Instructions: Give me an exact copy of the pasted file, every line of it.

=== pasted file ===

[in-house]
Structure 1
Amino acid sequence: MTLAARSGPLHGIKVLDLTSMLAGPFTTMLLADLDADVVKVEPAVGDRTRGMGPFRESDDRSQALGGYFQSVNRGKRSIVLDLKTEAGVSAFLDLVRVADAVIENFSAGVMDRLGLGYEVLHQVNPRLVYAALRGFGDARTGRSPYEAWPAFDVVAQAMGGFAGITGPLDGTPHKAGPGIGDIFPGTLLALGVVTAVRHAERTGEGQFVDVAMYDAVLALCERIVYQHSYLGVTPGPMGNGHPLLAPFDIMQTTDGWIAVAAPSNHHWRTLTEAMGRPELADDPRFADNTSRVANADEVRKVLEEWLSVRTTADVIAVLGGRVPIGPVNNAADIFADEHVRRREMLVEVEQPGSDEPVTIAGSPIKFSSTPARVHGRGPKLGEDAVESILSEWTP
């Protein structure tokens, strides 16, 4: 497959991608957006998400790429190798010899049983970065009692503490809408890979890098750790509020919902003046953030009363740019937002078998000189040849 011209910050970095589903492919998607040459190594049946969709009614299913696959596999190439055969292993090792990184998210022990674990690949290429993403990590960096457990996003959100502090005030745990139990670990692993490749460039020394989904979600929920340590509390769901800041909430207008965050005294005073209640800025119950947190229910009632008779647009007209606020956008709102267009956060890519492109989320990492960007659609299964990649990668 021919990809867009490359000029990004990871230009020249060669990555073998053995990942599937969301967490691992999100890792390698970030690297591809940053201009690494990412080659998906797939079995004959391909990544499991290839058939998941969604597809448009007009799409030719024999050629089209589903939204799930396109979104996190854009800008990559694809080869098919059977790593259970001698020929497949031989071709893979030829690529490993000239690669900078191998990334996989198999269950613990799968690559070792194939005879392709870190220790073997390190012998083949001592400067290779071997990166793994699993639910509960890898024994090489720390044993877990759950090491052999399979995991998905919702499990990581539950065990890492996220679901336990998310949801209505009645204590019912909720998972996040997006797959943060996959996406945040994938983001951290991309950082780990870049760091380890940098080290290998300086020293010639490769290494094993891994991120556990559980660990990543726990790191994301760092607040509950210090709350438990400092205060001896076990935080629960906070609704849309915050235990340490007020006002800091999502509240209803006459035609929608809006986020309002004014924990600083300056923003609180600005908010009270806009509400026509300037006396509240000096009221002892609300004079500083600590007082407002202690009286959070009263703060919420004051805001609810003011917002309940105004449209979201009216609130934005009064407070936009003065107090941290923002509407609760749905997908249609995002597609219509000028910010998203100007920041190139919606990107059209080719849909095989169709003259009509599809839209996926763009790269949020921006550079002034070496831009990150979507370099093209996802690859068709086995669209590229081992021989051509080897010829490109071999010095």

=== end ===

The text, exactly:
[in-house]
Structure 1
Amino acid sequence: MTLAARSGPLHGIKVLDLTSMLAGPFTTMLLADLDADVVKVEPAVGDRTRGMGPFRESDDRSQALGGYFQSVNRGKRSIVLDLKTEAGVSAFLDLVRVADAVIENFSAGVMDRLGLGYEVLHQVNPRLVYAALRGFGDARTGRSPYEAWPAFDVVAQAMGGFAGITGPLDGTPHKAGPGIGDIFPGTLLALGVVTAVRHAERTGEGQFVDVAMYDAVLALCERIVYQHSYLGVTPGPMGNGHPLLAPFDIMQTTDGWIAVAAPSNHHWRTLTEAMGRPELADDPRFADNTSRVANADEVRKVLEEWLSVRTTADVIAVLGGRVPIGPVNNAADIFADEHVRRREMLVEVEQPGSDEPVTIAGSPIKFSSTPARVHGRGPKLGEDAVESILSEWTP
């Protein structure tokens, strides 16, 4: 497959991608957006998400790429190798010899049983970065009692503490809408890979890098750790509020919902003046953030009363740019937002078998000189040849 011209910050970095589903492919998607040459190594049946969709009614299913696959596999190439055969292993090792990184998210022990674990690949290429993403990590960096457990996003959100502090005030745990139990670990692993490749460039020394989904979600929920340590509390769901800041909430207008965050005294005073209640800025119950947190229910009632008779647009007209606020956008709102267009956060890519492109989320990492960007659609299964990649990668 021919990809867009490359000029990004990871230009020249060669990555073998053995990942599937969301967490691992999100890792390698970030690297591809940053201009690494990412080659998906797939079995004959391909990544499991290839058939998941969604597809448009007009799409030719024999050629089209589903939204799930396109979104996190854009800008990559694809080869098919059977790593259970001698020929497949031989071709893979030829690529490993000239690669900078191998990334996989198999269950613990799968690559070792194939005879392709870190220790073997390190012998083949001592400067290779071997990166793994699993639910509960890898024994090489720390044993877990759950090491052999399979995991998905919702499990990581539950065990890492996220679901336990998310949801209505009645204590019912909720998972996040997006797959943060996959996406945040994938983001951290991309950082780990870049760091380890940098080290290998300086020293010639490769290494094993891994991120556990559980660990990543726990790191994301760092607040509950210090709350438990400092205060001896076990935080629960906070609704849309915050235990340490007020006002800091999502509240209803006459035609929608809006986020309002004014924990600083300056923003609180600005908010009270806009509400026509300037006396509240000096009221002892609300004079500083600590007082407002202690009286959070009263703060919420004051805001609810003011917002309940105004449209979201009216609130934005009064407070936009003065107090941290923002509407609760749905997908249609995002597609219509000028910010998203100007920041190139919606990107059209080719849909095989169709003259009509599809839209996926763009790269949020921006550079002034070496831009990150979507370099093209996802690859068709086995669209590229081992021989051509080897010829490109071999010095």